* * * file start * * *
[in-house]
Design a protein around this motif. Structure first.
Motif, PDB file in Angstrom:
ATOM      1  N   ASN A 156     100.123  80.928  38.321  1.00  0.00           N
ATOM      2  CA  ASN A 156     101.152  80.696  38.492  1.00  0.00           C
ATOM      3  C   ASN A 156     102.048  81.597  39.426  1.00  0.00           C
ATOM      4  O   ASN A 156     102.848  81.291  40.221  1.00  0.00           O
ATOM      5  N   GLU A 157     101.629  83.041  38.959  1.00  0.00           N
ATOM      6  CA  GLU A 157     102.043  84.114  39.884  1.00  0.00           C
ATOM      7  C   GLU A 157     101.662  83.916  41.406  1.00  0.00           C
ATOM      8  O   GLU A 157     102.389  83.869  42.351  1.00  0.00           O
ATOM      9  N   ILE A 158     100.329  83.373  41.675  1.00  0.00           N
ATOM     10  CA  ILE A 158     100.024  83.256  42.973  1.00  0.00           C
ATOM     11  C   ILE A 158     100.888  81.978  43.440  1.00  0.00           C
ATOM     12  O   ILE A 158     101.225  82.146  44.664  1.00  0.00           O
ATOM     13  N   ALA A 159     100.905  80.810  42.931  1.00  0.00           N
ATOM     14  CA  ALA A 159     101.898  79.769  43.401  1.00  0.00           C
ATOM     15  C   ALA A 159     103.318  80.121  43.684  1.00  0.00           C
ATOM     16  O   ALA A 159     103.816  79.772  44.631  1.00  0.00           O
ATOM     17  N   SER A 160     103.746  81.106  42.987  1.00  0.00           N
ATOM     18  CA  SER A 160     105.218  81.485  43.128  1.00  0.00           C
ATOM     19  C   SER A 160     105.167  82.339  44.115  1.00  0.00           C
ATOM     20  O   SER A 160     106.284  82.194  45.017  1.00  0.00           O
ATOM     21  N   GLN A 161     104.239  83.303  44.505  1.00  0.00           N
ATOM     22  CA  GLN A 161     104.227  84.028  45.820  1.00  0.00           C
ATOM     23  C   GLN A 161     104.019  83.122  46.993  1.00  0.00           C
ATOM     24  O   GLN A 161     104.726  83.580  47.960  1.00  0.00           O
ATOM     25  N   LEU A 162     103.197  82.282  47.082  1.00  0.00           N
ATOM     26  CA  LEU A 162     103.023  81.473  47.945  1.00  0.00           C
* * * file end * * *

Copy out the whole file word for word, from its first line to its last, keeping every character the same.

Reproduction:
[in-house]
Design a protein around this motif. Structure first.
Motif, PDB file in Angstrom:
ATOM      1  N   ASN A 156     100.123  80.928  38.321  1.00  0.00           N
ATOM      2  CA  ASN A 156     101.152  80.696  38.492  1.00  0.00           C
ATOM      3  C   ASN A 156     102.048  81.597  39.426  1.00  0.00           C
ATOM      4  O   ASN A 156     102.848  81.291  40.221  1.00  0.00           O
ATOM      5  N   GLU A 157     101.629  83.041  38.959  1.00  0.00           N
ATOM      6  CA  GLU A 157     102.043  84.114  39.884  1.00  0.00           C
ATOM      7  C   GLU A 157     101.662  83.916  41.406  1.00  0.00           C
ATOM      8  O   GLU A 157     102.389  83.869  42.351  1.00  0.00           O
ATOM      9  N   ILE A 158     100.329  83.373  41.675  1.00  0.00           N
ATOM     10  CA  ILE A 158     100.024  83.256  42.973  1.00  0.00           C
ATOM     11  C   ILE A 158     100.888  81.978  43.440  1.00  0.00           C
ATOM     12  O   ILE A 158     101.225  82.146  44.664  1.00  0.00           O
ATOM     13  N   ALA A 159     100.905  80.810  42.931  1.00  0.00           N
ATOM     14  CA  ALA A 159     101.898  79.769  43.401  1.00  0.00           C
ATOM     15  C   ALA A 159     103.318  80.121  43.684  1.00  0.00           C
ATOM     16  O   ALA A 159     103.816  79.772  44.631  1.00  0.00           O
ATOM     17  N   SER A 160     103.746  81.106  42.987  1.00  0.00           N
ATOM     18  CA  SER A 160     105.218  81.485  43.128  1.00  0.00           C
ATOM     19  C   SER A 160     105.167  82.339  44.115  1.00  0.00           C
ATOM     20  O   SER A 160     106.284  82.194  45.017  1.00  0.00           O
ATOM     21  N   GLN A 161     104.239  83.303  44.505  1.00  0.00           N
ATOM     22  CA  GLN A 161     104.227  84.028  45.820  1.00  0.00           C
ATOM     23  C   GLN A 161     104.019  83.122  46.993  1.00  0.00           C
ATOM     24  O   GLN A 161     104.726  83.580  47.960  1.00  0.00           O
ATOM     25  N   LEU A 162     103.197  82.282  47.082  1.00  0.00           N
ATOM     26  CA  LEU A 162     103.023  81.473  47.945  1.00  0.00           C